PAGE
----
Richard Bartle immerses himself in MUD. Follow his footsteps into The Jungle.

Commodore owners who keep themselves abreast of happenings out there in the big, bad, computer world, won't have failed to notice the new network which has been set up especially for CBM64 owners, Compunet. They'll also be aware that while it's quite a promising system, it's still in its infancy and hasn't too many games available on its pages.

This should change fairly quickly, because there's an area of the network known as The Jungle, where users can upload their own pages, including their own software, and even make people pay if they want to play it! Most of these will be games specially designed for the 64, which will download into your machine and use the modem as a dongle to stop you giving it to other people (or, even worse, selling it!). There's one program, however, which doesn't do that; you never get a copy of it zapped down the line at you because it runs on whacking great big mainframe computers, the same ones which the Compunet system itself uses. It uses more disc space than you can store on a floppy, never mind a cassette, and (not surprisingly) it's the only game of it's kind in the world. This program is called MUD, an acronym for Multi-User Dungeon. It's a normal adventure game in virtually every respect except one: you don't play alone.

Multi-user dungeon

MUD is the first adventure game where more than one person can play at the same time. To understand the full impact which this has on the game, you really have to play it. The difference made by the fact that other people are in there with you is so profound that it's very hard to get over in an article such as this. It's just such an incredible extra dimension that it leaves ordinary games standing. With other players around to thwart your ambitions, or help you when you're down, to chat with you (while perhaps relieving you of your belongings!), MUD improves on the basic concept of an adventure game by such an extent that it just has to be the way computer games are going to go in the future. MUD on Compunet may be the only commercial version available for the moment, but within a couple of years there will be multi-user adventwres sprouting up all over the place. The whole computer games market may never be the same.

If MUD s such a good idea, then, why hasn't it been thought of before? Good question! The problem is that in order to manage such a piece of software you need very powerful computers. Micros just aren't up to it. No-one is going to buy a mainframe computer with half a million pounds just to see if they can write a multi-user adventure game! Also, it's only recently that the micro boom has started to give way to the communications boom, with modem sales rising as micro sales start to drop. Up until now, there's been hardly any market for games which you can just play over the phone lines. Now, however, the growing number of modem owners looking for something new to do with their machines has prompted people like Compunet to set up networks to tap the market.


In order to trace the development of MUD, we have to go back to 1979 at Essex University. There, undergraduates used to spend their free time on the University's mainframe computer playing this new game they'd discovered. They knew it as Advent, but these days it's called Adventure or Collosal Cave. Judging by the impact it has had on the world of computer games, perhaps the name Advent is more appropriate!

One of those undergraduates, Roy Trubshaw, played Advent and liked what he saw. There were a few things which really niggled him, though, for example, the poor command parser (verb-object pairs only). He was also annoyed by the fact that Advent was a one-off, and if he wanted to make the program work for another fantasy world it would have to be done from scratch. Why bother rewriting all those routines to move, drop objects, kill monsters and the like when most of them are common to all adventure games? What he envisaged was a game which had its own built-in adventure-designing language, so you only had to say a few things and it knew what to do with them. If all adventures have tables of rooms, objects, room connections and the like, what is to prevent your making them data instead of part of the program? And take our game-dependant stuff too; like having it check there's a bear following you every time you go round the command loop so it can inform you you're being followed by a bear..?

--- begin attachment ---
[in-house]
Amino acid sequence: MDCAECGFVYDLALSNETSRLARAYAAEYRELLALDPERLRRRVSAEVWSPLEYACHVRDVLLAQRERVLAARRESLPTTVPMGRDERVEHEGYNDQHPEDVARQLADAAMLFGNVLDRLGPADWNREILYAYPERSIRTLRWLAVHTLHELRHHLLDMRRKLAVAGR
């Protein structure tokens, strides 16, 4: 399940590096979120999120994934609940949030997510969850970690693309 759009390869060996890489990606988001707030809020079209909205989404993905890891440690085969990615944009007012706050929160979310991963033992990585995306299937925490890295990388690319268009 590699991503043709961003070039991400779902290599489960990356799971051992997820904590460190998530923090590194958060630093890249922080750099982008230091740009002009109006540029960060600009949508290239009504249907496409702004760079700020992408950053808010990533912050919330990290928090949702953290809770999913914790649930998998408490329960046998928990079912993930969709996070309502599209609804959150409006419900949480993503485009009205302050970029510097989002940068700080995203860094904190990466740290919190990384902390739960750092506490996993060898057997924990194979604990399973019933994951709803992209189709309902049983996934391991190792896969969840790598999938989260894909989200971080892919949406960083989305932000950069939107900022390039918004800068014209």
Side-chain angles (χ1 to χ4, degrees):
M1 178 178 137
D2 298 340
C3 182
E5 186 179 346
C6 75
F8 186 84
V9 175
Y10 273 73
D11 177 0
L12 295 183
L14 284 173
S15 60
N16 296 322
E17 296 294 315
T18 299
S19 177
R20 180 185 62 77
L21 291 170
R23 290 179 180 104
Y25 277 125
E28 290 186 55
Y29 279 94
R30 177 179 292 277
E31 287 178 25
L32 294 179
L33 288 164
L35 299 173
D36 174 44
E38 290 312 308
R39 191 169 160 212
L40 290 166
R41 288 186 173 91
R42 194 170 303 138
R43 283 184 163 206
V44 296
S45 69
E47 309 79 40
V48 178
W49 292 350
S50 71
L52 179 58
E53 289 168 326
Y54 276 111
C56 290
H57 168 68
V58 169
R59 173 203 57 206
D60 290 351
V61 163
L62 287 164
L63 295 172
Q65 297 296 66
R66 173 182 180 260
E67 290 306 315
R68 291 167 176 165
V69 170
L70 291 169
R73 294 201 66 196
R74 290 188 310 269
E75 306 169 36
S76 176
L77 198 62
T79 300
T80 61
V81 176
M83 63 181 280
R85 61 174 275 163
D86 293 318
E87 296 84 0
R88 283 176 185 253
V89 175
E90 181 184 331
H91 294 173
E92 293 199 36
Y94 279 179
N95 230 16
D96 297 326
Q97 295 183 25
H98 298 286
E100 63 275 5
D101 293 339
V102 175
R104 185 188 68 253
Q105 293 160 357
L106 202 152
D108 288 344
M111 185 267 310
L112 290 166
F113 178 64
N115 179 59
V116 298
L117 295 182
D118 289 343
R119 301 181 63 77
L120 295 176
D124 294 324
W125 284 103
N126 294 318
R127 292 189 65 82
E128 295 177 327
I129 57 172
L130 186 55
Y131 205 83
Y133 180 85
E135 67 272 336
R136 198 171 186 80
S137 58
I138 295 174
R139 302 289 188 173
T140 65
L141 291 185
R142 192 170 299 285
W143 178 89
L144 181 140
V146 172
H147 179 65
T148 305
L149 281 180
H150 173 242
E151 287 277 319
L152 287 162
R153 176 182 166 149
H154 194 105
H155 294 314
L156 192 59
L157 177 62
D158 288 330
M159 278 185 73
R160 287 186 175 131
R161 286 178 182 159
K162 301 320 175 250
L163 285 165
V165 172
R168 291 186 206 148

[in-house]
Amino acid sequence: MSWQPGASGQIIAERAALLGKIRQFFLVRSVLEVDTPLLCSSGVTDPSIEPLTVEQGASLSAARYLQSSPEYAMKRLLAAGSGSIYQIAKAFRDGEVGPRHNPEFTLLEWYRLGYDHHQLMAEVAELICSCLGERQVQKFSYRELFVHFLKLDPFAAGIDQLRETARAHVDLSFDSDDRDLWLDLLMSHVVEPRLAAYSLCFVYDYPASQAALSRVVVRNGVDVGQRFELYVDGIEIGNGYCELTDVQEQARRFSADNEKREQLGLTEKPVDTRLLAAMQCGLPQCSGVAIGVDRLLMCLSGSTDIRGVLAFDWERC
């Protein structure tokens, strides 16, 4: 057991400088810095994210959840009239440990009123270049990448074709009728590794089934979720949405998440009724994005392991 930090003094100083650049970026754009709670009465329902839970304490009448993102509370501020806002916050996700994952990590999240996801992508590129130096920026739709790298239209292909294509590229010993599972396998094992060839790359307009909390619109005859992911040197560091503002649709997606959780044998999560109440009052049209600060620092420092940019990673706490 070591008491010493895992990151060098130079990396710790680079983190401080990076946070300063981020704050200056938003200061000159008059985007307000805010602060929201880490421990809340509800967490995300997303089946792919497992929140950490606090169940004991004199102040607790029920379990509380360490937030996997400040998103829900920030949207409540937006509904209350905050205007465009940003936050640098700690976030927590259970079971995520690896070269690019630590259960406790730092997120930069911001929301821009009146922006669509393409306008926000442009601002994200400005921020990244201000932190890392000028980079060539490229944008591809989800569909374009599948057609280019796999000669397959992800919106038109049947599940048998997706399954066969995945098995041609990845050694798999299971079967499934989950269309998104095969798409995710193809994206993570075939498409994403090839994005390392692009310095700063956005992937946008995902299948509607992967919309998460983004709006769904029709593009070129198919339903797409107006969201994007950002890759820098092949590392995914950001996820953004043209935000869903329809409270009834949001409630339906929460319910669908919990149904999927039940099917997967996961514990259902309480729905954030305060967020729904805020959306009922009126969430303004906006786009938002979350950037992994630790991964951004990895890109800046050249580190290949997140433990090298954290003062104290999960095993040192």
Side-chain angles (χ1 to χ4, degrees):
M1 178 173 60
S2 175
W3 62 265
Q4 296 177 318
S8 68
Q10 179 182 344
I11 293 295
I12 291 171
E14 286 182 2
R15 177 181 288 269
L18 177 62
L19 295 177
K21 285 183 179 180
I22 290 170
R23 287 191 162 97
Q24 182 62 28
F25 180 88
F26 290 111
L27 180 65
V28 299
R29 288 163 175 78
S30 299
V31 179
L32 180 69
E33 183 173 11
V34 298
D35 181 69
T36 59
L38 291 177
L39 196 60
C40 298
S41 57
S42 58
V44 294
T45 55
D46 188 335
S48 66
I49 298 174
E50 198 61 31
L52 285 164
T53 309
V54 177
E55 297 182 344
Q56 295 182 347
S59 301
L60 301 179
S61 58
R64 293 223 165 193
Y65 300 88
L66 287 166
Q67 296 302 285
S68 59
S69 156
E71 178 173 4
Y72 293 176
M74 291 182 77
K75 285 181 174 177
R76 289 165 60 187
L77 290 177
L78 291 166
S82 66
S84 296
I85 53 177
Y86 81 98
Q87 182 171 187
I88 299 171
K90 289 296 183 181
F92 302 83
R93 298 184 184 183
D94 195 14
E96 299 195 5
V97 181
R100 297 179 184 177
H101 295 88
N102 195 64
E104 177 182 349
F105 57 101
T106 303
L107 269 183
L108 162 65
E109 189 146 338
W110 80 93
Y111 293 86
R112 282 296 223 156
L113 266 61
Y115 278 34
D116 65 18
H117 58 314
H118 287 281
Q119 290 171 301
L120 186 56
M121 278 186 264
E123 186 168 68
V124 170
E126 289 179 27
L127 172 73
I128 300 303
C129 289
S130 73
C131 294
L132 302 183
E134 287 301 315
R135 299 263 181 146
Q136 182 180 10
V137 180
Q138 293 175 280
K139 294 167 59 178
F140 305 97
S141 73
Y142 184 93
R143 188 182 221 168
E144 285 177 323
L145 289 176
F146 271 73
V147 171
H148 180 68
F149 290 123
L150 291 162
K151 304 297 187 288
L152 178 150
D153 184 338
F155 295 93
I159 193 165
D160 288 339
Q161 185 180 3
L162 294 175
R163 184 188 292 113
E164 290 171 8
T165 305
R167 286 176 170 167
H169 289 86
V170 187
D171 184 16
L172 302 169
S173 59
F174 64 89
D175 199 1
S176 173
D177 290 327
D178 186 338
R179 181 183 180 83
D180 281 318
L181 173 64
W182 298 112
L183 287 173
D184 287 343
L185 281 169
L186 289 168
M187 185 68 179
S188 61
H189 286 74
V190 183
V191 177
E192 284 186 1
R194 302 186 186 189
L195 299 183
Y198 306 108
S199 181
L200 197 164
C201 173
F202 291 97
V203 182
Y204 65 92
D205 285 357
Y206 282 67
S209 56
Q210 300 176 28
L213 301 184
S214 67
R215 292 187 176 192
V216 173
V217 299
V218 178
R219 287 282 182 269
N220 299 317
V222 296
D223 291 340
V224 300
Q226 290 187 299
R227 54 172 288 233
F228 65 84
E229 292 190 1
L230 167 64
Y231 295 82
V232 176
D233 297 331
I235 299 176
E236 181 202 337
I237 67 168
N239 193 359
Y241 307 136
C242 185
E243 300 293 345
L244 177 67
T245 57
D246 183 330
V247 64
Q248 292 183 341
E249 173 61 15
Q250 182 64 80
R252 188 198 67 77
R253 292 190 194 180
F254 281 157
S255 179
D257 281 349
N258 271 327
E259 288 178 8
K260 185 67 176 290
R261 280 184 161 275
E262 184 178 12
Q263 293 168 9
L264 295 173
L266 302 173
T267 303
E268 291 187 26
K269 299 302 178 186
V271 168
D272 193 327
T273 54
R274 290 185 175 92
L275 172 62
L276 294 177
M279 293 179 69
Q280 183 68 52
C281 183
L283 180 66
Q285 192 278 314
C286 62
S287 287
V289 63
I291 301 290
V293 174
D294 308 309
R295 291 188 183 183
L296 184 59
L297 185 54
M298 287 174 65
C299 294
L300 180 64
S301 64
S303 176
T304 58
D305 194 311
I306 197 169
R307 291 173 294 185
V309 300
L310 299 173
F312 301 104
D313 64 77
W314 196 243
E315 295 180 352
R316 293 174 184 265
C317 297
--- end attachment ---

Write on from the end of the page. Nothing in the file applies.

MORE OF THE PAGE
The other major disadvantage he saw in Advent was that it was only a single-user game. No-one else could be in there with you to help you out in times of trouble, or give you times of trouble if you had more treasure than they did! Surely a game along those lines would be much more fun?

And so he set about writing such a game - called MUD. It had a language of its own to define the world, and because Essex University's powerful (by the standards of those days!) DEC-10 computer did timesharing, it wasn't too difficult to arrange it so several people could play at a time. The thought of what would happen in the future if everyone had a computer of their own which they could connect to a network to play games of this kind, just didn't concern him; he was doing it solely out of interest and love of programming.

A helping hand

What Roy came up with was a bare-bones system, which had a programmable world, a passable language parser, and multi-user capabilities. Now one of Roy's friends was a chap by the name of Richard Bartle. I'd say he was an expert games-player and a programmer of the most elite class, except since he's me you'd think I was boasting! In spring 1980, Roy had gone about as far as he wanted to with MUD. I'd helped him with ideas from the start, but the programming was all his own work. However Roy's great love is writing programs, and he's not particularly interested in designing adventures, so I gradually took more of a part in designing the game starting with adding new rooms to the world which it modelled and gradually moving over to adding bits to the code. When Roy left at the end of his 3rd year, I took the game over and have never looked back!